In Pre-colonial times, what is today called Nigeria was an aggregation of self-sufficient, widely disintegrated and uncoordinated non-urban independent and hostile settlements. These settlements by absorbing one another in the process of growth and by conquest grew into great hierarchical kingdoms and empires like the Oyo Empire, Kanemi – Bornu, and Sokoto Caliphate. Subjects submitted to their family heads, family heads to clan-heads, clan heads to village heads and village heads to their monarchs in areas with a Chief or to the – Aro Chukwu Oracle and other governing bodies in areas without a Chief.
The Monarchs are supreme, and all powers legislative, executive and the judiciary resided in them. These were checks. For example, a Monarch may by reason of misrule be asked to open the calabash which is an invitation to commit suicide.
Sovereignty was hierarchical in pre-colonial times. Discuss?
Attempt to locate whose sovereignty lay in pre-colonial times in the area now called “Nigeria.”
The sovereignty or Supremacy in Colonial Times
Colonial rule commenced in 1861 and terminated at independence in 1960 – a period of nearly 100 years. This period may be broken down into phases:
a. Total dependence on Imperial Parliament (1861-1921). The British Crown acquired Lagos by the Treaty of Session, 1861, the Sokoto Caliphate, Benin and Aro Chukwu by Conquest and most to the rest of Eastern native states by bilateral arrangements. The implication is that Lagos or the Yoruba Empire, and the Northern Provinces became mere extension of the British Isles; while the native states east of the Nigeria were British Protected. The Imperial Parliament empowered the Crown to legislate by order – in-Council for the colony, protectorates and foreign states. The combined effect of the supreme court ordinance, 1863, southern Nigeria order-in-Council 1899 and the Northern Nigeria order-in- Council 1899 was to establish English type of courts and empower them to observe, apply and enforce the common law of England, Equity, Statutes of General Application as at 1874 (later Varied to 1900) as well as native laws and custom which were not repugnant to natural justice, equity and good or incompatible with any local enactment. Appeal from certain courts (Native courts and Provincial court) lay to the Resident and the High Commissioner respectively, and later to the Lieutenant Governor.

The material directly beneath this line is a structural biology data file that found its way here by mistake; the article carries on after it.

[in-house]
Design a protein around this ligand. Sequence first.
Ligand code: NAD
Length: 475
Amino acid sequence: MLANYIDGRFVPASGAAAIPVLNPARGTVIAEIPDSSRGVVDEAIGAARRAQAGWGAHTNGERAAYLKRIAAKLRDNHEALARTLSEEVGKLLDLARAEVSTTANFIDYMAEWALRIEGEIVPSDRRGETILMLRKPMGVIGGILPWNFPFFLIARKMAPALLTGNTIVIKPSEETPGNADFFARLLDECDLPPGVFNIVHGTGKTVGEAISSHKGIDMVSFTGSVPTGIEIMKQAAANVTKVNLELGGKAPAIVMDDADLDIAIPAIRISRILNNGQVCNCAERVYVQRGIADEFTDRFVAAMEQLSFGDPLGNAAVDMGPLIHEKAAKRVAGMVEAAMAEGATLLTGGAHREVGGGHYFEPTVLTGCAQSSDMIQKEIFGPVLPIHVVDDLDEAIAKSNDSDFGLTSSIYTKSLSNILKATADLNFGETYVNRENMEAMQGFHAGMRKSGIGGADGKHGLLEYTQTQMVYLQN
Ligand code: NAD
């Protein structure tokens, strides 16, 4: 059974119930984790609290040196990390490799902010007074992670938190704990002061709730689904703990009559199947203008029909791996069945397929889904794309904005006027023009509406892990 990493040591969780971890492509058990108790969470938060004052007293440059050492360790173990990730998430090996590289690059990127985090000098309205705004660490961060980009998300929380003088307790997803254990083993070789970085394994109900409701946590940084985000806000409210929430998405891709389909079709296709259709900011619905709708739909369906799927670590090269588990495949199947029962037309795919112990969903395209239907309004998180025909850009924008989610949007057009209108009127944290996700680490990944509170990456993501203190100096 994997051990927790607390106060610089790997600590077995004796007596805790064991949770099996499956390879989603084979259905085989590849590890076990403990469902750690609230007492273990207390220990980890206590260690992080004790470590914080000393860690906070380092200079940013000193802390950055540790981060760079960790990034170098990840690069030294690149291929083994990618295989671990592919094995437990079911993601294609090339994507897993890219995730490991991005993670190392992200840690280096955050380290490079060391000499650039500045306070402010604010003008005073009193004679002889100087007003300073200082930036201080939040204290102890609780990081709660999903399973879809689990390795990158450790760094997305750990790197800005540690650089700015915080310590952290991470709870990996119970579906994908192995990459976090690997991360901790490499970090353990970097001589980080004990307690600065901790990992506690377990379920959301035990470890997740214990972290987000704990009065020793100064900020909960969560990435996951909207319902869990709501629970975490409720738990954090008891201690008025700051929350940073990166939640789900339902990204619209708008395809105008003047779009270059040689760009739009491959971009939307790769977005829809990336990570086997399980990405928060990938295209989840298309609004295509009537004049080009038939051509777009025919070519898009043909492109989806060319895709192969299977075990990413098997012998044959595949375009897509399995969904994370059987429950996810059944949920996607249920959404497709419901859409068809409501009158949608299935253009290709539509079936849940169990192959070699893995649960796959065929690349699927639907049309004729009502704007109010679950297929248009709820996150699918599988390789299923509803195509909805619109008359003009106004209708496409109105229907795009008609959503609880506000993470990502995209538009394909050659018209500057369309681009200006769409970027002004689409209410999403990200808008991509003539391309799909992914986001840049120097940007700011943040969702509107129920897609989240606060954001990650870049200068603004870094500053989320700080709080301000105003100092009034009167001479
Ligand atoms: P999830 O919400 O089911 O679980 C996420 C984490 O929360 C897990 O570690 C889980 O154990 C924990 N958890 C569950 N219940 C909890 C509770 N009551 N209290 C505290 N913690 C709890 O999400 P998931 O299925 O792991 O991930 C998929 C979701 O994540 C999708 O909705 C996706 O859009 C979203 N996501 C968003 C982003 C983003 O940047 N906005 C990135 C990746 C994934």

The Governor was sole executive. He was appointed by the crown and responsible to the secretary of state. Thus, it can be said that by 1900, the British Crown had acquired full and complete legislative, executive and judicial powers over the hitherto to independent and autonomous native states now constituting Nigeria. Between 1901 and 1906, the various native states had been merged into two Protectorates – the Colony of Lagos and Protectorate of Southern Nigeria and the Protectorate of Northern Nigeria. Both Protectorates amalgamated in 1914 to form the protectorate of Nigeria in 1914.
- Describe the constitution the Colony of Lagos and Protectorate of Nigeria.
- Compare Sovereignty in the traditional legal system and the colonial legal system.